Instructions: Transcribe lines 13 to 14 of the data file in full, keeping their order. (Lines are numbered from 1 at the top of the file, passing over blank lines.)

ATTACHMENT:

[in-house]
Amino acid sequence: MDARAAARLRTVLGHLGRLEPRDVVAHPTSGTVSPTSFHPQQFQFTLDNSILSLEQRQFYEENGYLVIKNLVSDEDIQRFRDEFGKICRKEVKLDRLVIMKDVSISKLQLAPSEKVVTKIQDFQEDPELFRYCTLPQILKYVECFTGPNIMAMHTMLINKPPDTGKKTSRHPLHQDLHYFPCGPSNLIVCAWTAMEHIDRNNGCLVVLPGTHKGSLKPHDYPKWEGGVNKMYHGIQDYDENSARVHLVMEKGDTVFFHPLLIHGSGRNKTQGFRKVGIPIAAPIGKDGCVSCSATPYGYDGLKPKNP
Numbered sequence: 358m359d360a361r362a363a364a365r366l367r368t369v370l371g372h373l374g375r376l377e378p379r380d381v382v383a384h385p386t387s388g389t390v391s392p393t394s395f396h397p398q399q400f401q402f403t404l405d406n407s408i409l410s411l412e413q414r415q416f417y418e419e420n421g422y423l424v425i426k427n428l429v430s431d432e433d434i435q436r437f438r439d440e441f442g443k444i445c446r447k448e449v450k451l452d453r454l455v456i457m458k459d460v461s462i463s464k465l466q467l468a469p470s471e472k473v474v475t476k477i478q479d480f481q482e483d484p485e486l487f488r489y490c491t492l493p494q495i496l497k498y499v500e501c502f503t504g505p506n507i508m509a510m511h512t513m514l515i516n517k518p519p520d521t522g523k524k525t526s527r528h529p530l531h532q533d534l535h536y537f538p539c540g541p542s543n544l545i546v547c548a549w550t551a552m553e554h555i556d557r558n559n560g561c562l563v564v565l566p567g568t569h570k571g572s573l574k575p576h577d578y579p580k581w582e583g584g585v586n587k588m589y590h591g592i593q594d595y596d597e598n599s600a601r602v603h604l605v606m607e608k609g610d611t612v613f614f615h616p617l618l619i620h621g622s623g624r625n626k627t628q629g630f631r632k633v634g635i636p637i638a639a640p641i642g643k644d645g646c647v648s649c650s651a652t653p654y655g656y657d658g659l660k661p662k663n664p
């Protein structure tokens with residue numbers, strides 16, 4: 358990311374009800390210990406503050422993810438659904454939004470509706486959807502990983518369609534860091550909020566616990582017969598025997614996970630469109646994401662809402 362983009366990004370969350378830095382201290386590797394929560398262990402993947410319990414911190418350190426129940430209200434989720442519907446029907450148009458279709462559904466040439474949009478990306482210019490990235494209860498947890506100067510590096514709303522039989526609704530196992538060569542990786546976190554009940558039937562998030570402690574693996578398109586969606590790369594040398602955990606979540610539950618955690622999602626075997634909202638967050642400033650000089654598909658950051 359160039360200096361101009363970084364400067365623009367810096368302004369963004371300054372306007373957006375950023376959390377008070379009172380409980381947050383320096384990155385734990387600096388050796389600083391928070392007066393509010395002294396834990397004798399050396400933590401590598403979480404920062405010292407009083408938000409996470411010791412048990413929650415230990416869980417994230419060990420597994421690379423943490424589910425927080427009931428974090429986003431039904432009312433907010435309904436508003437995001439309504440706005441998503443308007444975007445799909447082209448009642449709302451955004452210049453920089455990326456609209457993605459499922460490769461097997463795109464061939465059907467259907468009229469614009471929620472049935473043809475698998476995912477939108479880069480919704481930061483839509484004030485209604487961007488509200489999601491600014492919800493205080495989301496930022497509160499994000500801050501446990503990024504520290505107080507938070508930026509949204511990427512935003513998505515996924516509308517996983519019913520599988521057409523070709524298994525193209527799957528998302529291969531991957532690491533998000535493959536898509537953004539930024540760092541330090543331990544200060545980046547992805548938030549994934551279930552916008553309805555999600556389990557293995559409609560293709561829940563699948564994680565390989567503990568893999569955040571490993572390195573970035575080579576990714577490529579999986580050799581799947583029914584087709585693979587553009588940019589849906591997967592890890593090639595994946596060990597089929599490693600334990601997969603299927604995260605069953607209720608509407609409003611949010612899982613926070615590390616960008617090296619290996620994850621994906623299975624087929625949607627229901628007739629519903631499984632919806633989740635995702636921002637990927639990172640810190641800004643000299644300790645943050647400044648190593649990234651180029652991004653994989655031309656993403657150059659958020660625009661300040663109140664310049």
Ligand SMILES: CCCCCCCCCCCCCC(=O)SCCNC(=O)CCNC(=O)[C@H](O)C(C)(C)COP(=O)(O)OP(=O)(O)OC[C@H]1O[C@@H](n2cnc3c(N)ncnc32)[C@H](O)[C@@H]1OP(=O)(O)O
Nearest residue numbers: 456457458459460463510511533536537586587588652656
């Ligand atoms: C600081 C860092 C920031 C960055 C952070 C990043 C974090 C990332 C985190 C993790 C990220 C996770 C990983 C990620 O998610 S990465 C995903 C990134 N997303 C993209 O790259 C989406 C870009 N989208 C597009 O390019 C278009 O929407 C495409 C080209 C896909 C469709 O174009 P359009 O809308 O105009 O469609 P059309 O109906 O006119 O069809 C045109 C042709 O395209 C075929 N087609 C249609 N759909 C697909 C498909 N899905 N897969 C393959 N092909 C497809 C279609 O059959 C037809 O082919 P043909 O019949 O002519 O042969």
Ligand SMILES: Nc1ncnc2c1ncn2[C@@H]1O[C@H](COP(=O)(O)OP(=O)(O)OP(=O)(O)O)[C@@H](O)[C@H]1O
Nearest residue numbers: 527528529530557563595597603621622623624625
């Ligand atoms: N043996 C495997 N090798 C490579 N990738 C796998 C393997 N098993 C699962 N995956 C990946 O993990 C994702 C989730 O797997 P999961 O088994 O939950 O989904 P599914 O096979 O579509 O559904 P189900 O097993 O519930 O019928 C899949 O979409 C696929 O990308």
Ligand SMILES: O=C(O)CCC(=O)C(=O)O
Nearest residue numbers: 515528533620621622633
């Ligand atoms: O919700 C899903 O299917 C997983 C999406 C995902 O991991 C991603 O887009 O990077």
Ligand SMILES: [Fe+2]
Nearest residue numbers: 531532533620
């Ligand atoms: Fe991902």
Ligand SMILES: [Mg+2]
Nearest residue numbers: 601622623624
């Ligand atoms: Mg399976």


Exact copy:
């Ligand atoms: O919700 C899903 O299917 C997983 C999406 C995902 O991991 C991603 O887009 O990077």
Ligand SMILES: [Fe+2]